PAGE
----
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The Bet




Jack Swenson



They had a jumpers' pool at a bar I used to frequent a hundred years ago when my first wife and I were still married.  She took the train into San Francisco every day, and I picked her up when she got back from work. The pool worked just like a football pool only there were fewer spaces--one for each day of the month.  What you did was pick the day you guessed a jump would occur, pay a buck, and the bartender would write your name in that space.  If nobody jumped off the bridge that month, the money would carry over to the next month.


By the way, the jumps I'm talking about were almost always fatal.  The bridge was a big bridge.  It was a long drop to the water.


I actually know (knew?) someone who jumped off that bridge, but I didn't have a wager on when she jumped.  By then my wife and I had parted company.


Ah, yes.  Those were the fun days!  Our house was the party capital of the West Bay.  Our teacher friends would come over after school.  Some of them were heavy drinkers; some were not.  My wife didn't drink; I did.  There was some hanky panky, too.  My wife held hands from time to time with a wrestling coach, and I had what might be called a steamy affair with a petite blond school administrator, my wife's best friend.


The woman who killed herself was a doctor's wife.  Both of them attended some of our parties.  Nice people.  The woman was smart but not pretty.  The doctor was a tall, handsome man who seemed straight-laced, but I guess he wasn't, because it was rumored that that was why his wife killed herself: he was going to leave her for another woman.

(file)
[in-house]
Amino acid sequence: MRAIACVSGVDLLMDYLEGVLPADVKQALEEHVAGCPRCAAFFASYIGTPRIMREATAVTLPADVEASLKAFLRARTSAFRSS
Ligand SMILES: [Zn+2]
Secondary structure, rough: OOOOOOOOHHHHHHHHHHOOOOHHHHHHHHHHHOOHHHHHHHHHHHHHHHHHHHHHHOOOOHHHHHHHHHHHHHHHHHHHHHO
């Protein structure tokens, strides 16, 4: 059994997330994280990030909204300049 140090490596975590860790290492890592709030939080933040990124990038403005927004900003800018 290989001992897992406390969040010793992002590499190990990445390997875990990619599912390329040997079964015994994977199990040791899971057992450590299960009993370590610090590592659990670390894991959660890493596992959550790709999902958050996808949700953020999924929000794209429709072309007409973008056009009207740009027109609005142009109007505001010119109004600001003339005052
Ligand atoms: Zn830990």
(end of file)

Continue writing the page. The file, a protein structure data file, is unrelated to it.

My marriage did not go well, either.  My wife found out about my dalliance, and we divorced.  My second marriage ended in divorce, as well, and this time the tables were turned: my Mrs. left me for another man.  She got a better offer, I told my friends.


Funny.  Being odd one out doesn't seem tragic until it happens to you.  Maybe I learned something the last time: how it feels to fall.


And fall and fall and fall.



JACK SWENSON shares...

JACK SWENSON, whose work has appeared in The Shine Journal before, is a teacher, student, reader, scribbler, husband, and self described cat  herder. He also teaches a class of wild and crazy kids at a senior center in Fremont, CA. where he lives in serene retirement.




“Thoughts about "the old days" motivated this story as well as a desire to tinker with craft issues, i.e., resolution.”

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